Planetary Scientists Create Pocket Atlas of Mars
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The 84-page atlas of Mars, currently available in English, Hungarian and Czech, was developed as a part of a public outreach project supported by the Europlanet Central European Hub.

The map of Tharsis region of Mars from the Pocket Atlas of Mars 36. Image credit: NASA / JPL / GSFC / ESA / DLR / FU / H. Hargitai.

“The maps in the new atlas are manually edited, using accurate data from missions and models,” said map editor Dr. Henrik Hargitai, a researcher in the Department of Media and Communications at the Eötvös Loránd University.

“Thematic maps that reveal patterns in physical geography have been used for decades for in terrestrial atlases, but this is the first time that they are available in an atlas for Mars.”

The main part of the atlas consists of a series of double spreads showing each of the 30 cartographic quadrangles into which the surface of Mars has been divided by the U.S. Geological Survey.

The landforms created by lava, wind, water, and ice are shown separately on a topographic base map, highlighting features such as dune fields, mountain peaks, volcanic calderas, caves, ancient dried-up lakes and deltas, and fault lines.

For the first time in a published Mars atlas, climate maps are included, which show 13 climatic zones with boundaries defined by combining seasonal temperature and frost data.

A series of climate diagrams show the variation in temperature through the Martian year for each of the zones.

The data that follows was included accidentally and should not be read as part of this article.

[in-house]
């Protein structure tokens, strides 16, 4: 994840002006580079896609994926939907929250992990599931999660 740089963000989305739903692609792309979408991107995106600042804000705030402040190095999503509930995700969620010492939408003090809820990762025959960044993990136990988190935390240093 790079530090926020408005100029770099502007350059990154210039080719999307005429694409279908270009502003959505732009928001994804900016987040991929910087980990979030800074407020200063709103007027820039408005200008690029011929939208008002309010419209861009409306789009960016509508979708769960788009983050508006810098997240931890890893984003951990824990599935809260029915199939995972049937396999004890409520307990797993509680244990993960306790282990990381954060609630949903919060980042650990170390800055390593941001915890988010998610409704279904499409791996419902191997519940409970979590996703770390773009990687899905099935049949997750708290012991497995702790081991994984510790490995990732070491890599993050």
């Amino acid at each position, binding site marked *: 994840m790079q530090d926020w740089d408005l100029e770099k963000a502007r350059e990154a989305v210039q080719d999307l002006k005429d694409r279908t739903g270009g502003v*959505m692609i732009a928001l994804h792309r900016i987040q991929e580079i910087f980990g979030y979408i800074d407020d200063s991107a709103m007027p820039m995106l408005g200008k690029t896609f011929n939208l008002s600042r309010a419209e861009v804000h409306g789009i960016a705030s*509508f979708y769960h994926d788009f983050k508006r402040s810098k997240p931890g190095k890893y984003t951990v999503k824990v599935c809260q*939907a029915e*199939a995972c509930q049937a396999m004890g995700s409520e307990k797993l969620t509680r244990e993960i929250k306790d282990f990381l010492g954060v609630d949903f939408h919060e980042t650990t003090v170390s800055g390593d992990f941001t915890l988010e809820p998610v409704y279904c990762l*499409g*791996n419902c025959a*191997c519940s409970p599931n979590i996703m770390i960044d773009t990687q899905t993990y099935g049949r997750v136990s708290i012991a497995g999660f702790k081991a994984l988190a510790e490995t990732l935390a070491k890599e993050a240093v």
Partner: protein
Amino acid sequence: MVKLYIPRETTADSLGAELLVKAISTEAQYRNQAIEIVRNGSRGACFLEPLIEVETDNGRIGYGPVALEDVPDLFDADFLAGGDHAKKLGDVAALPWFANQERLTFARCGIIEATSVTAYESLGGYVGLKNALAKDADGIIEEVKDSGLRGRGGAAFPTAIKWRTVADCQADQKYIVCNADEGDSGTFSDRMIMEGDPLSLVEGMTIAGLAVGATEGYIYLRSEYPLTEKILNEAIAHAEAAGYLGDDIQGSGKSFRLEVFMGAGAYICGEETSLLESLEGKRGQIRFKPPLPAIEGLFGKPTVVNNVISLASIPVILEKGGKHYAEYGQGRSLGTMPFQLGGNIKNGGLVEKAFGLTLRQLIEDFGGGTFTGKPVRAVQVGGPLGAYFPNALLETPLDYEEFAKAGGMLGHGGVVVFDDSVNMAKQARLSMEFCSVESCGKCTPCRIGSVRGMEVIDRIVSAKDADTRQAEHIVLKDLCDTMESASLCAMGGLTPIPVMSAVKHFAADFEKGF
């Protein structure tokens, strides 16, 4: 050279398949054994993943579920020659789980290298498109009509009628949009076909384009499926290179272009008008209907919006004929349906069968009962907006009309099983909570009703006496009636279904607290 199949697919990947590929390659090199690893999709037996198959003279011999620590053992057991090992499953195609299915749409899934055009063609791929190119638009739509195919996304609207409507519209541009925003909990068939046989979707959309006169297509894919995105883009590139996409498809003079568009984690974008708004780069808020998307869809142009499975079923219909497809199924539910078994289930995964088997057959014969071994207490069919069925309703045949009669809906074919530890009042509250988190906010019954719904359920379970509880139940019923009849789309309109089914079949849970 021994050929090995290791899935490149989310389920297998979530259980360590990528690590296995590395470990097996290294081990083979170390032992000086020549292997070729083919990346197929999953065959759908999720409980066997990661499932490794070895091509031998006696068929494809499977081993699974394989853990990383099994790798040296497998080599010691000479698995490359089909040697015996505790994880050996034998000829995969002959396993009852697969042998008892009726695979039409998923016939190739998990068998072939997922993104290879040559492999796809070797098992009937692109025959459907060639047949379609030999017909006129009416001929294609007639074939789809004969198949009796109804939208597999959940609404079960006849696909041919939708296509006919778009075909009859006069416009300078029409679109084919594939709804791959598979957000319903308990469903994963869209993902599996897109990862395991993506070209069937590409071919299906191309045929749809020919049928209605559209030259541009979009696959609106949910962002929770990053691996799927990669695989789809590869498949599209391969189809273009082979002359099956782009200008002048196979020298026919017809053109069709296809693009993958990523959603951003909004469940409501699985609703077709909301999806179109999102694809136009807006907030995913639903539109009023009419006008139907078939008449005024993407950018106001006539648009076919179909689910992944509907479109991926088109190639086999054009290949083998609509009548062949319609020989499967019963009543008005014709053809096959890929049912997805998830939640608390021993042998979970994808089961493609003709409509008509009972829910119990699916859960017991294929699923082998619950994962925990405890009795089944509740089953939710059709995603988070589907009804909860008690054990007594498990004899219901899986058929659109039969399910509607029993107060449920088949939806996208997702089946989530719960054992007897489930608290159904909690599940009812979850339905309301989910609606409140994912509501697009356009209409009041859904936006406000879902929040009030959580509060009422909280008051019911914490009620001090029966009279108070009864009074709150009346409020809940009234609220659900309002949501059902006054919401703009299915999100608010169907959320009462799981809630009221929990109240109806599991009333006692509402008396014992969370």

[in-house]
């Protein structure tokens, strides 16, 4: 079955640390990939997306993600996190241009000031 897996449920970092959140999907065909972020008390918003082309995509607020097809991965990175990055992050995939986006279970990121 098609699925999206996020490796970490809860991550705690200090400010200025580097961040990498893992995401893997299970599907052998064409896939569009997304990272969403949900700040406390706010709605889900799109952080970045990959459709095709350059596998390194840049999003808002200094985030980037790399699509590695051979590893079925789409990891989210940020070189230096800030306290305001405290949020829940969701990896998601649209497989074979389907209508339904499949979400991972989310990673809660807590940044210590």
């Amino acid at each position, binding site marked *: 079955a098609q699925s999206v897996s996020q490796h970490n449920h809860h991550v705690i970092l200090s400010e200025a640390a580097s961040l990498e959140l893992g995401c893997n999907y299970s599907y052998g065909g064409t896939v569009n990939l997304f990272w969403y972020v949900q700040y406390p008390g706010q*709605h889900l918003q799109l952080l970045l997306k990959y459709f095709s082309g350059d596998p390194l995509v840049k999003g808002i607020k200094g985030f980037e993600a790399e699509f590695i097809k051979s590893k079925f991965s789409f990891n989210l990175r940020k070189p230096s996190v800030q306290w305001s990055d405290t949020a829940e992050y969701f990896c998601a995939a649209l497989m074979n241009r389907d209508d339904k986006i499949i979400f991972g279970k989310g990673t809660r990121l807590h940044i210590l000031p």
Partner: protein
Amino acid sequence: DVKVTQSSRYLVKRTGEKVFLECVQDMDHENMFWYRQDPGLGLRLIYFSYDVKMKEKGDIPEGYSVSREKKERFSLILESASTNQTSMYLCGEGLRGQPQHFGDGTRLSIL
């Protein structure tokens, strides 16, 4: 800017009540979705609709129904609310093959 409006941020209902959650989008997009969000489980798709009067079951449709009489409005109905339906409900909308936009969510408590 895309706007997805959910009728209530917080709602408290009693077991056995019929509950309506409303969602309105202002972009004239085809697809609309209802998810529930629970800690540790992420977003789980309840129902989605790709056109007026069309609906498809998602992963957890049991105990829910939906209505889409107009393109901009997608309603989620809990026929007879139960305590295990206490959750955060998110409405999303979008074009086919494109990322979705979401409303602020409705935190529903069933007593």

In addition, a weather map shows the temperature at ground level across the western hemisphere of Mars at the two annual solstices.

The Pocket Atlas of Mars 36. Image credit: NASA / JPL / GSFC / ESA / DLR / FU / H. Hargitai.

The atlas includes an albedo map, derived from data from ESA’s Mars Express and NASA’s Mars Global Surveyor orbiters.

It shows the amount of sunlight reflected from the surface, the frequently cloudy regions and the maximum area covered by the seasonal caps of frozen carbon dioxide and water ice at the Martian poles.

The atlas also includes a one-page calendar for Mars year 36, covering the period from February 2021 to December 2022, which explains the milestones in the seasonal changes on Mars.

“We believe that geographic multi-layer maps are the future of planetary cartography,” Dr. Hargitai said.

“In addition to single-themed relief (elevation, hillshading, nomenclature) and geologic maps, feature themes (valley networks, glacial features, dunes etc.) will be added to the maps.”

“This requires the maintenance of GIS-ready feature databases in a public online repository, and the creation of new datasets, either from imagery, or from non-GIS works published in the literature.”

The new atlas of Mars will be presented this week at the 52nd Lunar and Planetary Science Conference.

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H.I. Hargitai. The pocket atlas of Mars: a public outreach project. 52nd Lunar and Planetary Science Conference 2021, abstract # 2109

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